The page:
Marquez v. Screen ActorsAnnotate this Case
525 U.S. 33
OCTOBER TERM, 1998
MARQUEZ v. SCREEN ACTORS GUILD, INC., ET AL.
CERTIORARI TO THE UNITED STATES COURT OF APPEALS FOR THE NINTH CIRCUIT
No. 97-1056. Argued October 5, 1998-Decided November 3,1998
The collective bargaining agreement between respondent union, the Screen Actors Guild (SAG), and respondent movie producer, Lakeside Productions (Lakeside), contained a standard "union security clause" tracking the language of § 8(a)(3) of the National Labor Relations Act (NLRA), which authorizes "an agreement ... to require as a condition of employment membership [in the union] on or after the thirtieth day following the beginning of ... such employment." The union security clause did not explain that this Court has held that an employee can satisfy § 8(a)(3)'s "membership" condition merely by paying to the union an amount equal to its initiation fees and dues, NLRB v. General Motors Corp., 373 U. S. 734, 742-743, and that §8(a)(3) does not permit unions to exact dues or fees over the objection of nonmembers for activities that are not germane to collective bargaining, grievance adjustment, or contract administration, Communications Workers v. Beck, 487 U. S. 735,745,762-763. The clause did specify, however, that its 30-day grace period provision should be interpreted "to mean that [SAG] membership ... cannot be required of any performer until ... 30 ... days after his first employment as a performer in the motion picture industry." Petitioner, a part-time actress who had previously worked in the industry for more than 30 days, successfully auditioned for a one-line role in a television series produced by Lakeside, but was denied the part when she had not paid SAG's required fees before beginning work. She filed suit alleging, among other things, that SAG had breached its duty of fair representation by negotiating and enforcing a union security clause with two basic flaws. First, she averred, the clause required union "membership" and the payment of full fees and dues when those terms could not be legally enforced under General Motors and Beck. She argued that the collective bargaining agreement should have contained language, in addition to the statutory language, informing her of her rights not to join the union and to pay only for the union's representational activities. Second, she asserted, the clause term interpreting the 30-day grace period to begin running with any employment in the industry contravened § 8(a)(3), which requires a new grace period with each "such employment." The District Court granted summary judgment to the defendants on all claims. Mfirming in pertinent part, the Ninth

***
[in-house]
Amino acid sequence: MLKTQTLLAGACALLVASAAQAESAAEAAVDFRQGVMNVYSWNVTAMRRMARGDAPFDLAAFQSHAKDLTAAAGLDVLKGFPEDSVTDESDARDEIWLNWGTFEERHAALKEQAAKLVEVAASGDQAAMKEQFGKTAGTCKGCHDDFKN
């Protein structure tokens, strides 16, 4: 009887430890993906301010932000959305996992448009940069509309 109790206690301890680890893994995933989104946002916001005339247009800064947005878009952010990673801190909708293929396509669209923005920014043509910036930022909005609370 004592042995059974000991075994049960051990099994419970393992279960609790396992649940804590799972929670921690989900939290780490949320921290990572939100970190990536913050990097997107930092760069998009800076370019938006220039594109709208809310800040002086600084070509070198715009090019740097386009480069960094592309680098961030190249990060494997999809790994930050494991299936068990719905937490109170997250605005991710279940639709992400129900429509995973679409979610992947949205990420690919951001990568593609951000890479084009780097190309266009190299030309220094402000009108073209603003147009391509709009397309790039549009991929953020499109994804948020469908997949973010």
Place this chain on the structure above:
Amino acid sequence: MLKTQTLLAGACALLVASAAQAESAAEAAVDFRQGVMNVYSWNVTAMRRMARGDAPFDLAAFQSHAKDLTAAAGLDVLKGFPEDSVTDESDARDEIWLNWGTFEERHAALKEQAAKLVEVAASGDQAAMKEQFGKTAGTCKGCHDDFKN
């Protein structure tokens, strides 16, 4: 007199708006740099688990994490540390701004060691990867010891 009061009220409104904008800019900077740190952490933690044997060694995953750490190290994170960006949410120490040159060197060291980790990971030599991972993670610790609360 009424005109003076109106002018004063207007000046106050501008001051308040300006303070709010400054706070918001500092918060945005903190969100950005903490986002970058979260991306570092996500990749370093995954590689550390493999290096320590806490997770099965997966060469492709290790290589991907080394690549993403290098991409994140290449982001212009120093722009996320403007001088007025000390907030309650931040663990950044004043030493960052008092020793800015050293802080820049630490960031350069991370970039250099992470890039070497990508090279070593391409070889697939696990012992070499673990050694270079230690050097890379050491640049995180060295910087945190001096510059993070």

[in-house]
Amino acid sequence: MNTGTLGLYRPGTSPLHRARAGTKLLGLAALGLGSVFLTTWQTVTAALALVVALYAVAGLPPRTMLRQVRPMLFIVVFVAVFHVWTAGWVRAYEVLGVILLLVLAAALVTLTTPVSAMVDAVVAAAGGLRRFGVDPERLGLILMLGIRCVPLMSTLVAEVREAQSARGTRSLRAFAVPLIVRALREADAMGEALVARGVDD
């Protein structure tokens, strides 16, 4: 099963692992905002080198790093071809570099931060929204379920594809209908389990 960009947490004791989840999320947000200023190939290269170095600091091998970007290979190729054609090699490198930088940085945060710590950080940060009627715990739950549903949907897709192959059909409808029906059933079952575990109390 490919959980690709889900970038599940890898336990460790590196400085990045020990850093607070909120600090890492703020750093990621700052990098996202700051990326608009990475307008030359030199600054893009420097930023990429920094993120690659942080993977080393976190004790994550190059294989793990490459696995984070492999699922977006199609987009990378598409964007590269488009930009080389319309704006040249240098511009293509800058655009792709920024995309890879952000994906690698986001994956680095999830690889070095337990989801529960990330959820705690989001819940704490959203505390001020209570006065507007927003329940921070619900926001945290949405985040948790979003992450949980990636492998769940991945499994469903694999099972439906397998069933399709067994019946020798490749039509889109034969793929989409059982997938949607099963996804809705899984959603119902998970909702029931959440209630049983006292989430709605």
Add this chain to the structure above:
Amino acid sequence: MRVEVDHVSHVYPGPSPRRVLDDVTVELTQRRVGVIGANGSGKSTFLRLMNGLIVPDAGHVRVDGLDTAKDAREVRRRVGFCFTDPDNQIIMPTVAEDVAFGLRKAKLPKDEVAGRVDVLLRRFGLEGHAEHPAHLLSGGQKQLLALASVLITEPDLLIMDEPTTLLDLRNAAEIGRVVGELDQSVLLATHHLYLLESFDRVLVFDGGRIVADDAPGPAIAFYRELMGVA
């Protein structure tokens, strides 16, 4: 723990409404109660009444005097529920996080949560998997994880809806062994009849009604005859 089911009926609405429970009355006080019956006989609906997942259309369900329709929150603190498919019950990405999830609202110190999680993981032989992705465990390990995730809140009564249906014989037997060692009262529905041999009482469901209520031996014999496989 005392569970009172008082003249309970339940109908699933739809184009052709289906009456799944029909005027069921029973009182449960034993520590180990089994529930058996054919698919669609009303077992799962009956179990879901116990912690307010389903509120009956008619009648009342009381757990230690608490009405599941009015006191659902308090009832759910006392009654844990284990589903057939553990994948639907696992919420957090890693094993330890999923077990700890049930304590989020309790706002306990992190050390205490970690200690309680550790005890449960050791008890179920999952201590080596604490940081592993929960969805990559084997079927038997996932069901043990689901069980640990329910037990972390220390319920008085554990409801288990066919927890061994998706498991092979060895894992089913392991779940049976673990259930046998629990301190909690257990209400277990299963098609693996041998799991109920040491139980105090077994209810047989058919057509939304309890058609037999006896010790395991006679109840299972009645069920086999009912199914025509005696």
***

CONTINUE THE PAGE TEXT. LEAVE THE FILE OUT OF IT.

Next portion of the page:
Circuit held that SAG had not breached the duty of fair representation merely by negotiating a union security clause that tracked the NLRA language. The Ninth Circuit also held that petitioner's challenge to the grace period provision was at base a claim that the clause violated the NLRA and that this claim fell within the primary jurisdiction of the National Labor Relations Board (NLRB).
1. A union does not breach the duty of fair representation merely by negotiating a union security clause that uses § 8(a)(3)'s language without explaining, in the agreement, this Court's interpretation of that language in General Motors and Beck. Pp. 42-48.
(a) In resolving this narrow question, the Court is not deciding whether SAG illegally enforced the union security clause to require petitioner to become a union member or to pay dues for noncollective bargaining activities. Similarly, the Court is not deciding whether SAG breached its fair representation duty by failing to adequately notify petitioner of her Beck and General Motors rights. Pp.42-44.
(b) SAG did not breach its duty of fair representation by negotiating a union security clause that tracked the statutory language. A breach of that duty occurs when a union's conduct toward a member of the bargaining unit is arbitrary, discriminatory, or in bad faith. E. g., Vaca v. Sipes, 386 U. S. 171, 190. Petitioner does not argue that SAG's conduct was discriminatory, and, on this record, SAG's conduct cannot be said to have been either arbitrary or in bad faith. The mere negotiation of a contract that uses terms of art cannot be fairly characterized as so far outside a wide range of reasonableness that it is wholly irrational or arbitrary. See, e. g., Air Line Pilots v. O'Neill, 499 U. S. 65, 78. Mter this Court in General Motors and Beck stated that the statutory language incorporates an employee's rights not to "join" the union (except by paying fees and dues) and to pay for only representational activities, SAG cannot be faulted for using this very language to convey these very concepts. Moreover, petitioner's assertion that SAG acted in bad faith in that it had no reason to use the statutory language except to mislead employees about their Beck and General Motors rights is unpersuasive. This argument's first component-in effect, that even if SAG always informs workers of their rights and even if it enforces the union security clause in conformity with federal law, use of the statutory language in the agreement is intended to mislead employees-is unconvincing because it is so broad. The second part of petitioner's bad faith argument-that there was no other reason for SAG's choice of the statutory language-fails because a union might choose that language precisely because it is a shorthand description of workers' legal rights that
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